On the road to health-care Hell

Steven Miller

Currently, Southern Nevada news is full of reports of assembly-line colonoscopies, hepatitis C infections, clinics ignoring the most basic safety protocols, criminal medical investigations and a collapse of public confidence.

Welcome to the future of American health care.

For the last two generations, the U.S. system of federally dominated, third-party "managed care" medicine has been on a direct trajectory toward this ignominious point.

While an embarrassed Silver State now finds itself in the national spotlight, the main engines driving degradation of health-care quality are actually national. Moreover, they have been in place, gathering increasing momentum, for a very long time.

First, a rarely publicized truth: The hidden bone fields of American medicine are already remarkably large. Consider the year-2000 study, To Err Is Human, published by the Institute of Medicine of the National Academies. Its authors reviewed U.S. hospital medical records and found that as many as 98,000 people die every year from medical errors.

Even those numbers, however, may be a substantial under-estimate: the U.S. Centers for Disease Control and Prevention (CDC) says 2 million patients contract hospital-acquired infections each year, with 90,000 of them dying as a result. In addition, there is the entire subject of medication errors. Last year the Institute of Medicine estimated, based on multiple studies, "that about one medication error occurs per patient per day in hospital care."

In that report, Preventing Medication Errors, the Institute of Medicine also returned to the subject of its earlier, groundbreaking work.

"The key messages of To Err Is Human," said the Institute, "were that there are serious problems with the quality of health care delivery; that these problems stem primarily from poor health care delivery systems, not incompetent individuals; and that solving these problems will require fundamental changes in the way care is delivered."

That American health care's problems are systemic is an argument we often hear from advocates of socialized medicine. But the rarely admitted reality is that we already have socialized medicine. And it is that system that is increasingly devolving into – and subjecting us to – bureaucratically indifferent, incompetent and callous Soviet-style medicine.

Michael F. Cannon, director of health-policy studies at the Cato Institute, made this point emphatically last October:

"We've already got socialized medicine. Government already pays for half of Americans' medical care. Government controls production and consumption by determining the number of physicians; what services medical professionals can offer and under what terms; where they can practice; who can open a hospital or purchase a new MRI; who can market a drug or medical device; and what kind of health insurance consumers may purchase. Government even sets the prices for half of our health-care sector directly, and indirectly sets prices for the other half."

Yes, said Cannon, "[m]uch of the U.S. health-care sector is private. But private markets are not necessarily free markets. What matters is who controls how the resources are used. More often than not, that ‘who' is government."

Consider, as an example, how federal rules operate to reduce the quality of care for certain patients. Because Medicare's price-fixing system only pays predetermined fixed sums for treatment of numerous categories of illness, the actual cost to physicians and hospitals of delivering medical care can vary enormously, depending on the patient.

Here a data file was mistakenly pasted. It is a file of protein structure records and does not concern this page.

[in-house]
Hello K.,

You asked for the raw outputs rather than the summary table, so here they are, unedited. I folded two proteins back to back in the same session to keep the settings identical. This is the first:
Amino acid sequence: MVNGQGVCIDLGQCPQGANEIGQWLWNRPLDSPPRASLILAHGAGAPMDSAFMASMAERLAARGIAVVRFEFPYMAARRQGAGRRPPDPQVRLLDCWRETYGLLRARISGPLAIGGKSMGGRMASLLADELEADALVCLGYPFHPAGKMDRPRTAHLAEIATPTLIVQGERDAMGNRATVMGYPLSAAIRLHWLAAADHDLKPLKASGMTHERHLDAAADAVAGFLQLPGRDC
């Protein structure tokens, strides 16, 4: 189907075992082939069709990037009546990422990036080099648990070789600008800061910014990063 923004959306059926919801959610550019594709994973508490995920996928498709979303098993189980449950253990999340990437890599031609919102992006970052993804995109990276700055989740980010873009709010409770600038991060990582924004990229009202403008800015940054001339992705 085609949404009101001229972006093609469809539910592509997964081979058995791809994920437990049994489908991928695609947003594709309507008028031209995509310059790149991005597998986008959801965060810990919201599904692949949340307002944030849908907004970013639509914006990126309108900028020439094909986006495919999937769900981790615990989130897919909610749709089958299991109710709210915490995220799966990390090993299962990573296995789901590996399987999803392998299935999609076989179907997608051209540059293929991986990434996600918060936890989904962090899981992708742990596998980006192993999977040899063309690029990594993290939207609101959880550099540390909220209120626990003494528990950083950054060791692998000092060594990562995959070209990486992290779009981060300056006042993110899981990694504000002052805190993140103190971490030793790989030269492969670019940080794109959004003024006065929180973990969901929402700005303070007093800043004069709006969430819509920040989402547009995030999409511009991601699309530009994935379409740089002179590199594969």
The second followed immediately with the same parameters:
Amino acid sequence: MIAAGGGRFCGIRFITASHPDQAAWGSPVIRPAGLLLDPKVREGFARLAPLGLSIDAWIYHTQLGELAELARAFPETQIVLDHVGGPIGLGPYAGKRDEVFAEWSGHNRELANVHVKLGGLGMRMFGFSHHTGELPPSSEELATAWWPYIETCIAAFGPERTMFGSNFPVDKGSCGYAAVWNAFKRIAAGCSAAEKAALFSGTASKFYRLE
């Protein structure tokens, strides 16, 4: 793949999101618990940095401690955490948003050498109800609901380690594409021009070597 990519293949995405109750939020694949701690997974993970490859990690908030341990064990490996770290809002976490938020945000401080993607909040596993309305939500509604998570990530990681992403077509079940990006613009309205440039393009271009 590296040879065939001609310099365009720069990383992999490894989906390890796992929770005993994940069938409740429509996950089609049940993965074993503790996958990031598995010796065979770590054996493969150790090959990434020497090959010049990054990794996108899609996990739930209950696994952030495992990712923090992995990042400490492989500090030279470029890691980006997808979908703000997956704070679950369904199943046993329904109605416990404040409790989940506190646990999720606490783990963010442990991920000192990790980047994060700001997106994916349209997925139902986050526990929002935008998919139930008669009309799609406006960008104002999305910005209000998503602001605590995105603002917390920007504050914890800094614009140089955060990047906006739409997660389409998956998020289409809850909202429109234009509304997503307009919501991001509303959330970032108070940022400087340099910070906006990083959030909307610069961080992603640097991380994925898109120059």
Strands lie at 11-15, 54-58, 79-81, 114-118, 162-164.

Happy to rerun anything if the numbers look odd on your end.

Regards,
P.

The result is to effectively ration care for the poor, the old and the sick. Because the government, not the patient, controls the treatment price, the system offers big economic incentives for assembly-line medicine that ignores the actual individual needs of such patients.

Precisely such a case was recently reported in Las Vegas – 78-year-old Duke Breuer, sent home from the Endoscopy Center of Southern Nevada, an IV needle still sticking in his arm.

The impact of the federal government's bureaucratic one-size-fits-all system goes far beyond elderly Medicare patients. Because government-paid medicine so dominates U.S. health care, most large third-party payers have, for economic reasons, also adopted its approach. Nevada and many other states, for example, use the same system in their Medicaid programs for low-income patients. Ditto for numerous private insurers' programs.

Another major way government is driving America down the road toward health-care Hell is by its repeated and politically motivated exemption of the health-care industry – medical professionals, insurers, pharmaceutical companies and hospitals – from the competitive and accountability-producing dynamics of free markets.

Today, as special-interest rent seekers, leftwing ideologues and mentally challenged politicians agitate for a full-blown, coercive, police-state health-care socialism, it's worthwhile to stop and reflect just a moment:

If you like the growing problems America has now, you'll love the mess we'll have later.

Steven Miller is vice president for policy at the Nevada Policy Research Institute.

Steven Miller

Senior Vice President, Nevada Journal Managing Editor

Steven Miller is Nevada Journal Managing Editor, Emeritus, and has been with the Institute since 1997.

Steven graduated cum laude with a B.A. in Philosophy from Claremont Men’s College (now Claremont McKenna). Before joining NPRI, Steven worked as a news reporter in California and Nevada, and a political cartoonist in Nevada, Hawaii and North Carolina. For 10 years he ran a successful commercial illustration studio in New York City, then for five years worked at First Boston Credit Suisse in New York as a technical analyst. After returning to Nevada in 1991, Steven worked as an investigative reporter before joining NPRI.